Unlike many other white collar jobs, pretty much every single aspect of recruiters‚Äô performances can be broken down into a metric. For recruiters doing a great job, this means it‚Äôs easy to see how great of a job they are doing and receive positive performance reviews for that hard work; for struggling recruiters‚Ä¶well, you can‚Äôt hide from numbers.
Though metrics, data and numbers will never lie, there are some that are more important than others when it comes down to the real truth of how well a recruiter is performing.
Some of the most popular recruitment metrics include:
- Time to hire
- Quality of hire
- Cost per hire
- Applicants per hire
While each of these does have a time and place to be considered, I would argue that only two of the five can show you how a recruiter is really performing.
What do I mean by ‚Äúreally‚Äù performing? Well, if you take a look at the list above, there are some that give crystal clear views of recruiters‚Äô performances, and some that can get muddled by extenuating factors outside of the recruiter‚Äôs control. To see which ones reflect the pure performance of a recruiter, let‚Äôs first examine which metrics very often can be affected by external circumstances:
Time to Hire
Recruiters are motivated to work fast‚Äîafter all, that commission check comes in faster the quicker they work. However, there are some reqs where no matter how fast the recruiter works, there are some things they can‚Äôt completely account for. Most of the time, this metric is going to get thrown off by candidates. There‚Äôs not much a recruiter can do if a candidate is dragging their feet, particularly if that candidate is a perfect fit.
Cost Per Hire
Cost per hire can be considered in two ways: 1) Time is money and a recruiter spending more time working on a req means more endgame money is spent on a req. As observed above however, timing isn‚Äôt always within a recruiter‚Äôs power, and therefore the cost of that time wouldn‚Äôt be either. 2) More along the lines of direct spending, some reqs are going to be tougher than others, and recruiters might need to spend more money on promoting a job posting for one job than they might for another to find a more niche set of candidates. Either way you slice it, cost per hire isn‚Äôt always controllable.
Applicants Per Hire
Sure, there are things recruiters can do to make more applicants want to apply for their job (see: all of our advice on writing job descriptions), and there‚Äôs ways that recruiters can post about their jobs more and pull more candidates in, but the fact of the matter is, some jobs are going to get more applicants than others, and a recruiter can only force the hand of a perfect passive candidate so hard.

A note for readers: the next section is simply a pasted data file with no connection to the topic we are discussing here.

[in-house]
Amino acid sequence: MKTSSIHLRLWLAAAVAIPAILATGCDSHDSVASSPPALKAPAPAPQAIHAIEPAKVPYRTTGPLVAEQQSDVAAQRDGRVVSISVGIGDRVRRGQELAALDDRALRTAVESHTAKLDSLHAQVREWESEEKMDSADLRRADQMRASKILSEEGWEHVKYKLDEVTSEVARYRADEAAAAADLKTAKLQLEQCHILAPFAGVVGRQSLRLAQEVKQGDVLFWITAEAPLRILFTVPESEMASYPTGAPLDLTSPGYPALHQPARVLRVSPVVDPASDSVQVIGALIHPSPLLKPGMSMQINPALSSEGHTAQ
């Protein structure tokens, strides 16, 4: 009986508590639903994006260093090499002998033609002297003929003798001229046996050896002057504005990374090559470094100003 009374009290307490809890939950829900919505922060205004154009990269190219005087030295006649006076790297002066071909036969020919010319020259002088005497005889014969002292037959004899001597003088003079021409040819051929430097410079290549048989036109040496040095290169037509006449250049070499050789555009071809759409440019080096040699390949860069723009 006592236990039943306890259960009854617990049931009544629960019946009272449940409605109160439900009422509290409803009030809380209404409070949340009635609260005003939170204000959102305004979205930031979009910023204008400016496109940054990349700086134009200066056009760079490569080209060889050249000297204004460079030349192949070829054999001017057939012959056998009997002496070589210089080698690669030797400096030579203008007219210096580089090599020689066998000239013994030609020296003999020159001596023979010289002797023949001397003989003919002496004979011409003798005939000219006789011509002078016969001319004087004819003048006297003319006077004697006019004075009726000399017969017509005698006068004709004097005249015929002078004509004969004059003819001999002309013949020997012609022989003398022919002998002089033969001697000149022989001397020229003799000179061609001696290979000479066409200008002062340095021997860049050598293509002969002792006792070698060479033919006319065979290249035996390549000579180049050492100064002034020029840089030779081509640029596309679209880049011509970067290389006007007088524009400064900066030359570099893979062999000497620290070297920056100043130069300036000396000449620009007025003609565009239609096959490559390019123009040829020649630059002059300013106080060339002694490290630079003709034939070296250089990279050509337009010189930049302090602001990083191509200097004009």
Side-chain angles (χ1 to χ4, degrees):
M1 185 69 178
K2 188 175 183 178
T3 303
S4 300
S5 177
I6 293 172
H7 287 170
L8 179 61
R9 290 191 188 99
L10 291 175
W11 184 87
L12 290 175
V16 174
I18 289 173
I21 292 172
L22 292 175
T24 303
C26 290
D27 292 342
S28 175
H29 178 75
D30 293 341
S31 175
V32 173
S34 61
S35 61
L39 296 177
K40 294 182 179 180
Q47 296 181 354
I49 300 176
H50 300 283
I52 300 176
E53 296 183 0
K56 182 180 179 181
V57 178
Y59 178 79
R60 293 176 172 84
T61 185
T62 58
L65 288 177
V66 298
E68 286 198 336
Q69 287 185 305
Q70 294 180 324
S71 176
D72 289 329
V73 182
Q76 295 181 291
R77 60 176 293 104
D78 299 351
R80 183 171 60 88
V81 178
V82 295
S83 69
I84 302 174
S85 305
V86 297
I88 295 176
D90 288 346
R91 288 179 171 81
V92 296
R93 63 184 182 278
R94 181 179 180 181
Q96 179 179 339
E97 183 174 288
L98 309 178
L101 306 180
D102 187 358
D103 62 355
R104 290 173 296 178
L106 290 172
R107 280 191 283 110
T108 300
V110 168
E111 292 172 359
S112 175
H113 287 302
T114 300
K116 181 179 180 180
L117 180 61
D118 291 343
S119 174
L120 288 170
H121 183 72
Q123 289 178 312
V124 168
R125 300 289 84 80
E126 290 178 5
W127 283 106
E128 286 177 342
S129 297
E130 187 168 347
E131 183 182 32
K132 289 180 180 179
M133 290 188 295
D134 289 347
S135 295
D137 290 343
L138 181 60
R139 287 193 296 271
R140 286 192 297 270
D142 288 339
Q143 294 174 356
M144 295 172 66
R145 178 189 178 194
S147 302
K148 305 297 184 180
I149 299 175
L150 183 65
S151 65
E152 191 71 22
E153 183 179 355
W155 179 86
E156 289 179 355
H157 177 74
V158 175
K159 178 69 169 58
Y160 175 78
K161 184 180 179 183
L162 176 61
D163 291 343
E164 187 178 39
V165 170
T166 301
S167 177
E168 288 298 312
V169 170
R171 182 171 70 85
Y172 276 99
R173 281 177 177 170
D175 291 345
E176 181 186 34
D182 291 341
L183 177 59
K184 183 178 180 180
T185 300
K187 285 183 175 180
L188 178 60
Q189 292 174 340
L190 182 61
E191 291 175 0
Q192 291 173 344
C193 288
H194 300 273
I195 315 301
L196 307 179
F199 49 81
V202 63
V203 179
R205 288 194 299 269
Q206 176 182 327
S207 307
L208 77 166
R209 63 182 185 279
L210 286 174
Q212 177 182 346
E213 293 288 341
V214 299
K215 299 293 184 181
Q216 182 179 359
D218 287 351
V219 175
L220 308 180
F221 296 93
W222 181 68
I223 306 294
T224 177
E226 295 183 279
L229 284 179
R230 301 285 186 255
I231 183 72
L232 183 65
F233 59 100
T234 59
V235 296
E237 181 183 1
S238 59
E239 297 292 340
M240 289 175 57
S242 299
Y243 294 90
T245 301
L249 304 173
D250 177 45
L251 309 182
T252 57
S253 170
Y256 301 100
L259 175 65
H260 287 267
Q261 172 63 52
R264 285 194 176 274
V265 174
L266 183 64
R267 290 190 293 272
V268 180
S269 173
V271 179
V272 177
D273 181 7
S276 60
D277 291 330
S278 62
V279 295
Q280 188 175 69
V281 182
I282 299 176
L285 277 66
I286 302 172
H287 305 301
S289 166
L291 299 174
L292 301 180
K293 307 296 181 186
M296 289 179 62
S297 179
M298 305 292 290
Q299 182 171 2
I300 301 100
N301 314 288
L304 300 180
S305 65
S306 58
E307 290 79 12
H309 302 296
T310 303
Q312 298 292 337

Of course, there are ways to adjust metrics per the type of job a recruiter is hiring for, but overall there is no set way to adjust for external factors outside of the recruiter‚Äôs control when it comes to applying their metrics to their performance.
Except for two‚Ä¶
Retention & Quality of Hire
Ultimately, a recruiter is trying to get the best person for the job, and these are the two metrics that solely focus on if the recruiter did that job. If the recruiter found the best person, they should be a quality hire and they should be a long tenured employee.
These are the long term metrics though‚Äîthe ones that you have to wait a while on and see the feedback of, but they are the most important. If your recruiter is hitting the first three metrics at the best levels possible, but their candidates-turned-hires lack in these two metrics, what‚Äôs the point? Even if you weigh the first three metrics to take into account all of the obstacles a recruiter might hit, if these two metrics are not met, the recruiter is simply not doing a good job.
It‚Äôs easy to look at a recruiter‚Äôs numbers for three outlined above, and they have their place in a performance review, but to know a recruiter is doing a truly wonderful job the two you should heavily focus on are retention and quality of hire.